Recently, I interviewed Austin Aslan about his debut launch. He did something I’d never seen in a book launch, which I thought was a great idea for bringing the group together and I wish I’d thought of it! You can watch here:

So, the debut book launch party. Is it worth it? Yes, I think so. In addition to the above, it marks a milestone in your life. It’s a big deal. So make it one.

Coffee with Authors: Chris Cannon Going Down in Flames

Meet Chris Cannon, author of the YA novel Going Down in Flames (A Going Down in Flames Novel). She is one of my publishing housemates (is that what we call one another?) at Entangled Publishing. Her book came out his month and she was game to try a Google Hangout on Air with me (and our dogs!)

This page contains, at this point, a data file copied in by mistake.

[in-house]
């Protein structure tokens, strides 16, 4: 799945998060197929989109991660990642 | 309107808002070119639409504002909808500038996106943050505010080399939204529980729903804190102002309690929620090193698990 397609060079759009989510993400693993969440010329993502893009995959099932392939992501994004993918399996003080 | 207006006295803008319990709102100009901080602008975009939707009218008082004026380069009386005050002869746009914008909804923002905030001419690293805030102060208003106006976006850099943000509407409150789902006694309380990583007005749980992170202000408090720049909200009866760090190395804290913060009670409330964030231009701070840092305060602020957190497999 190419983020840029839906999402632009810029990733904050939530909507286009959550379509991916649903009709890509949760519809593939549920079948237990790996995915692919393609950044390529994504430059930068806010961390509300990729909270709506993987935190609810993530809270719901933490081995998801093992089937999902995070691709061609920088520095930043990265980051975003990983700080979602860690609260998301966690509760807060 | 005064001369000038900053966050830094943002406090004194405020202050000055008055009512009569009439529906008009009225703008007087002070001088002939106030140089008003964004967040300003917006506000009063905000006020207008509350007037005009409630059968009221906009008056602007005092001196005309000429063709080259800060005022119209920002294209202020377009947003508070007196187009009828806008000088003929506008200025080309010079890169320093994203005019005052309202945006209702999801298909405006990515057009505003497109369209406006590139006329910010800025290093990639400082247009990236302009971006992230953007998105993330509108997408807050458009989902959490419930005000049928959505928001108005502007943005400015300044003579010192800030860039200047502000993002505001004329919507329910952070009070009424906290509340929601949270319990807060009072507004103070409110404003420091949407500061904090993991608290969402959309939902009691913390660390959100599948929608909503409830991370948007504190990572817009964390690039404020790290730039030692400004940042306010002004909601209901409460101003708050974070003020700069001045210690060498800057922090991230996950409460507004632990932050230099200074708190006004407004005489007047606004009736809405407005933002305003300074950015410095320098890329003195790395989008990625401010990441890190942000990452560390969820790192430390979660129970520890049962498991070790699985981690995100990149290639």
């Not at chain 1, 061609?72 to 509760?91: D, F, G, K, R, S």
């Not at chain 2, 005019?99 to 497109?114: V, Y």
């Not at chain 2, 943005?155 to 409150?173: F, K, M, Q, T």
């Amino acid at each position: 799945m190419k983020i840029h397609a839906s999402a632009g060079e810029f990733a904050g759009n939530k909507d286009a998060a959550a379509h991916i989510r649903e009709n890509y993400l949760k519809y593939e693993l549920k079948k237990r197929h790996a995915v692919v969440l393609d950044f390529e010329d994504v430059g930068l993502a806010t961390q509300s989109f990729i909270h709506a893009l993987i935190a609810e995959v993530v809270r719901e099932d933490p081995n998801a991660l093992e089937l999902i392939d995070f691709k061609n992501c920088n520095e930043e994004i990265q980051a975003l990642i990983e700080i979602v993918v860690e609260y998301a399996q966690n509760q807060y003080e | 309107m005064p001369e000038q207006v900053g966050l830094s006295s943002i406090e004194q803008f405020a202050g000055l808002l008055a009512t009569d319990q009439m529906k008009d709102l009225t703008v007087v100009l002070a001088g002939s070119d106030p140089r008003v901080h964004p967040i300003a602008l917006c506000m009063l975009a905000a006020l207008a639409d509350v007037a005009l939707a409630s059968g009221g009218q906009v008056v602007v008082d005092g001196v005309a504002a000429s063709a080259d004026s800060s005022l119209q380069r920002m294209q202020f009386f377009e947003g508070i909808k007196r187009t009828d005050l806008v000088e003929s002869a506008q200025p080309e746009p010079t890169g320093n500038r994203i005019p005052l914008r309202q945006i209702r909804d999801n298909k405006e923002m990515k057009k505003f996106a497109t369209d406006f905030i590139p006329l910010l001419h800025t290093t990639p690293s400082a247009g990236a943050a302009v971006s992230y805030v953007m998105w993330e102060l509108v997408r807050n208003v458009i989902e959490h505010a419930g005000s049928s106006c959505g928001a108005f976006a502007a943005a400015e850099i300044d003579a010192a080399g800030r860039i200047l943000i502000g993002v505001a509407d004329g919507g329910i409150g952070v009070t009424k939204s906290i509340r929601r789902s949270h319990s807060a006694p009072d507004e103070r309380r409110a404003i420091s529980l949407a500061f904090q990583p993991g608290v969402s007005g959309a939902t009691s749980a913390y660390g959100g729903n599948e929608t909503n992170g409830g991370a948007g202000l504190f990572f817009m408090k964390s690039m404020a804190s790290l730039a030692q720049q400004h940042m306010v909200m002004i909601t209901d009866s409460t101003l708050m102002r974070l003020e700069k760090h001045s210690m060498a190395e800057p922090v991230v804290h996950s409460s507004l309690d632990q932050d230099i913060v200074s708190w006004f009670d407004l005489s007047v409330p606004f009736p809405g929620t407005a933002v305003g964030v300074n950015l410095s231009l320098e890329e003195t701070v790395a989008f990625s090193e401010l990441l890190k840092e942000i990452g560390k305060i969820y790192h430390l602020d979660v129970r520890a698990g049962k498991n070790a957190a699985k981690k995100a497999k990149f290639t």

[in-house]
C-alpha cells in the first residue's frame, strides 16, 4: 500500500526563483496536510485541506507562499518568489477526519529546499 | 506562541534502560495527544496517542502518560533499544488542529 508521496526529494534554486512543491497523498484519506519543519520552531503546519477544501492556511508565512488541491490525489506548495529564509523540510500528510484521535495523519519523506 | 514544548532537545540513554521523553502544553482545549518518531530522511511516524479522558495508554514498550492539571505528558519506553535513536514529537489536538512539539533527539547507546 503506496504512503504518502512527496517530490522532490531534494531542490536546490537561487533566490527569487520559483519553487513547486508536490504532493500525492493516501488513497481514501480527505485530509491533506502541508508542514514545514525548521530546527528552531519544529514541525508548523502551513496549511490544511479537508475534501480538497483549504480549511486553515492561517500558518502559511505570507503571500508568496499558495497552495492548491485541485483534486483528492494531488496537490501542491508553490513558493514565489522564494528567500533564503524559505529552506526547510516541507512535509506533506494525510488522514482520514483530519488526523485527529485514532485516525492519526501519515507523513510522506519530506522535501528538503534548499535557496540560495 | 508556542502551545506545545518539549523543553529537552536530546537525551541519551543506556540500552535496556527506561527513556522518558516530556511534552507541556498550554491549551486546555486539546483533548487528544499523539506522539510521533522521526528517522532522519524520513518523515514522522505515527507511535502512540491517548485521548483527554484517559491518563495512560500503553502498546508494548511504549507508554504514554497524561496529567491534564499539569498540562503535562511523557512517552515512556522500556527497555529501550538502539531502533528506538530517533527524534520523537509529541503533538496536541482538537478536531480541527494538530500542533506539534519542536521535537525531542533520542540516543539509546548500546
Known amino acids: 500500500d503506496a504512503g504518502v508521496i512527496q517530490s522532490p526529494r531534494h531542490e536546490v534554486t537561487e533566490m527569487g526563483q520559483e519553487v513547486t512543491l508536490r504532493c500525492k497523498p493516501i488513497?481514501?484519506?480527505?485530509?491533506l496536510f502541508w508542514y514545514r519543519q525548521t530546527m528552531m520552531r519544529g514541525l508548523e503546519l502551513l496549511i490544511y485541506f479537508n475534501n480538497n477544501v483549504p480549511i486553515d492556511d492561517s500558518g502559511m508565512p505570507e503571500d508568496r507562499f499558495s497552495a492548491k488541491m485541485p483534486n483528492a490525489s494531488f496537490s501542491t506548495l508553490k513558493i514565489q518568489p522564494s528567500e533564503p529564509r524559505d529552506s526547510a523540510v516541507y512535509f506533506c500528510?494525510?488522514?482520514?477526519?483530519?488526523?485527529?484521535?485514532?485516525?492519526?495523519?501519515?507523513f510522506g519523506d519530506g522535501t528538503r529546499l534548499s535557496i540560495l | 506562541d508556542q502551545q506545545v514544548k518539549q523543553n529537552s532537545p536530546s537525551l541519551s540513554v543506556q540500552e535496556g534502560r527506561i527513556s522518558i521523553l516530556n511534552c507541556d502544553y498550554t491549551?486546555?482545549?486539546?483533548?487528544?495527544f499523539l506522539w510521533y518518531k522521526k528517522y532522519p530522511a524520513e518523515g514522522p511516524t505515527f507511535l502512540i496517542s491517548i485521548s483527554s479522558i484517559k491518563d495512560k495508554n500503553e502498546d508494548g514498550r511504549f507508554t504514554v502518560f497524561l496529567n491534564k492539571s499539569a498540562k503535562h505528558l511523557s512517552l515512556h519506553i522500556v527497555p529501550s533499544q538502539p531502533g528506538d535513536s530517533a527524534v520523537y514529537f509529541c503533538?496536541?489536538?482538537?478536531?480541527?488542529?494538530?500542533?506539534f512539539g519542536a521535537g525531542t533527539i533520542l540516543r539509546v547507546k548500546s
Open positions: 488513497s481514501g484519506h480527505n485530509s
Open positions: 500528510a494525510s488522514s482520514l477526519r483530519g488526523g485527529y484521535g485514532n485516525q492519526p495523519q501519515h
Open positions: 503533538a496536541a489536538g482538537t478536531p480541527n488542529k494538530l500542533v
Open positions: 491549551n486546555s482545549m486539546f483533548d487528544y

This is my third try at a Google Hangout on Air. I’m getting less stressed about the technical aspects, and now I need to work on my hosting skills. Where do I look? At the camera–so it looks like I’m looking at the viewer? Or, at my guest on the screen so I know what she is doing? And how do I subtly glance at my notes to see what I’m going to ask next?

If you’ve got a good hosting tip, please leave it for me in the comments!

Want to learn more about Chris Cannon?
Website: http://chriscannonauthor.com/
Twitter: @ccannonauthor

Coffee with Authors: A Google Hangout on Air

So, I took Katie Davis’s Video Idiot Bootcamp course to try to learn how to market to a YA audience who loves videos. Big learning curve on so many levels. But, we have to start somewhere, and here at Routines for Writers, we are all about finding routines that make our writing and marketing lives easier.

After taking the class, I planned to make one new video a month. At the end of the year, I would have twelve videos that would continue to work for me 24/7. That sounded doable. And I am mostly on track to achieve that goal. Sometimes I go 6 weeks between videos. Some of my videos are time-specific, like my newsletter contest that is now over.